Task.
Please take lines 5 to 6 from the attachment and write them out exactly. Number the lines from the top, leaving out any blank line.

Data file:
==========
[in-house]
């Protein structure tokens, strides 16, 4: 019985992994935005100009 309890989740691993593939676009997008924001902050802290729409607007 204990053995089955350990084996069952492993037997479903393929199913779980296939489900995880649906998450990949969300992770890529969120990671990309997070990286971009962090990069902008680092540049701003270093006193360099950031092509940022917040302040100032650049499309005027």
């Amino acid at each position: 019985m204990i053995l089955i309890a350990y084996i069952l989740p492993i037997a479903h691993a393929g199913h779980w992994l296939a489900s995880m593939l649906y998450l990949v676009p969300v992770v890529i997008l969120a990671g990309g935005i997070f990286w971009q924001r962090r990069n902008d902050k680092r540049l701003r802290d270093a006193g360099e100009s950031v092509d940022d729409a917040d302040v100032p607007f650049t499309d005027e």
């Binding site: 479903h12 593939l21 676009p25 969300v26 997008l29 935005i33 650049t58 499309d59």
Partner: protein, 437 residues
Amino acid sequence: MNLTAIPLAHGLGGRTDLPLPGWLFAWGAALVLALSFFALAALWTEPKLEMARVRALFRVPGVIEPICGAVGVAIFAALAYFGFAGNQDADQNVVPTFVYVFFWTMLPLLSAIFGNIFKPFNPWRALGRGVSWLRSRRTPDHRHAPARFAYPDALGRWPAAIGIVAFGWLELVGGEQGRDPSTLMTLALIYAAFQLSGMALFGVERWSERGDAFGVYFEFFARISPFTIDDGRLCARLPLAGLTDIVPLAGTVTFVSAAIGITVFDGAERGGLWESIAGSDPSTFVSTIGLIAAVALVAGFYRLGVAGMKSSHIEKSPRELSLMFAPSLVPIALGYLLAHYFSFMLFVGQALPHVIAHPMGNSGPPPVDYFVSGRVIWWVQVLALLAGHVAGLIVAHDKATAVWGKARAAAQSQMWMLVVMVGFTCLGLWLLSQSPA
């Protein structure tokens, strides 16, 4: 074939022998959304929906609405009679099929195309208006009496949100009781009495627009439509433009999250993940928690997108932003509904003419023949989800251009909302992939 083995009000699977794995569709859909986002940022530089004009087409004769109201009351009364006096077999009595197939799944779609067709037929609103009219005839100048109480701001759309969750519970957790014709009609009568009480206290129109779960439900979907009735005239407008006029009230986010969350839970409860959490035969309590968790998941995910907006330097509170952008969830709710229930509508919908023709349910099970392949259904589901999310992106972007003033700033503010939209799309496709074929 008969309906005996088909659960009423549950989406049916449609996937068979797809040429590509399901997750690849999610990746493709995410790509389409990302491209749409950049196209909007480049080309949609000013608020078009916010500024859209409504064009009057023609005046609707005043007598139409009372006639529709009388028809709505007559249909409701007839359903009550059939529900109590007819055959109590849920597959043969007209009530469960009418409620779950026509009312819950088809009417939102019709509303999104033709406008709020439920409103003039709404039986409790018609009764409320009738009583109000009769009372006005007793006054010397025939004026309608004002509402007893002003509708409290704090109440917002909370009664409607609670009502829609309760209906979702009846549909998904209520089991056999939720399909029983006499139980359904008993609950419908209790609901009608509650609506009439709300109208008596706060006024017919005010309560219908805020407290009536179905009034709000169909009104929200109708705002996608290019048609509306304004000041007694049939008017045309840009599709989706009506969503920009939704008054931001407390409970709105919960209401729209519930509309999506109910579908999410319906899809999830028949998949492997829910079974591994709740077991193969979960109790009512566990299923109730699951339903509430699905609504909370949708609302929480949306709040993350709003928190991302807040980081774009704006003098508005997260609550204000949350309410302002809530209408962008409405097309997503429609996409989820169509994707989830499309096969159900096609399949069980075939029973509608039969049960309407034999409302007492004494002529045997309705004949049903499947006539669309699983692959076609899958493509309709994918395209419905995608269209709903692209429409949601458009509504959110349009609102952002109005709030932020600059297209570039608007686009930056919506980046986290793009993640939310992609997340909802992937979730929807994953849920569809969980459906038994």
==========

Partner: protein, 437 residues
Amino acid sequence: MNLTAIPLAHGLGGRTDLPLPGWLFAWGAALVLALSFFALAALWTEPKLEMARVRALFRVPGVIEPICGAVGVAIFAALAYFGFAGNQDADQNVVPTFVYVFFWTMLPLLSAIFGNIFKPFNPWRALGRGVSWLRSRRTPDHRHAPARFAYPDALGRWPAAIGIVAFGWLELVGGEQGRDPSTLMTLALIYAAFQLSGMALFGVERWSERGDAFGVYFEFFARISPFTIDDGRLCARLPLAGLTDIVPLAGTVTFVSAAIGITVFDGAERGGLWESIAGSDPSTFVSTIGLIAAVALVAGFYRLGVAGMKSSHIEKSPRELSLMFAPSLVPIALGYLLAHYFSFMLFVGQALPHVIAHPMGNSGPPPVDYFVSGRVIWWVQVLALLAGHVAGLIVAHDKATAVWGKARAAAQSQMWMLVVMVGFTCLGLWLLSQSPA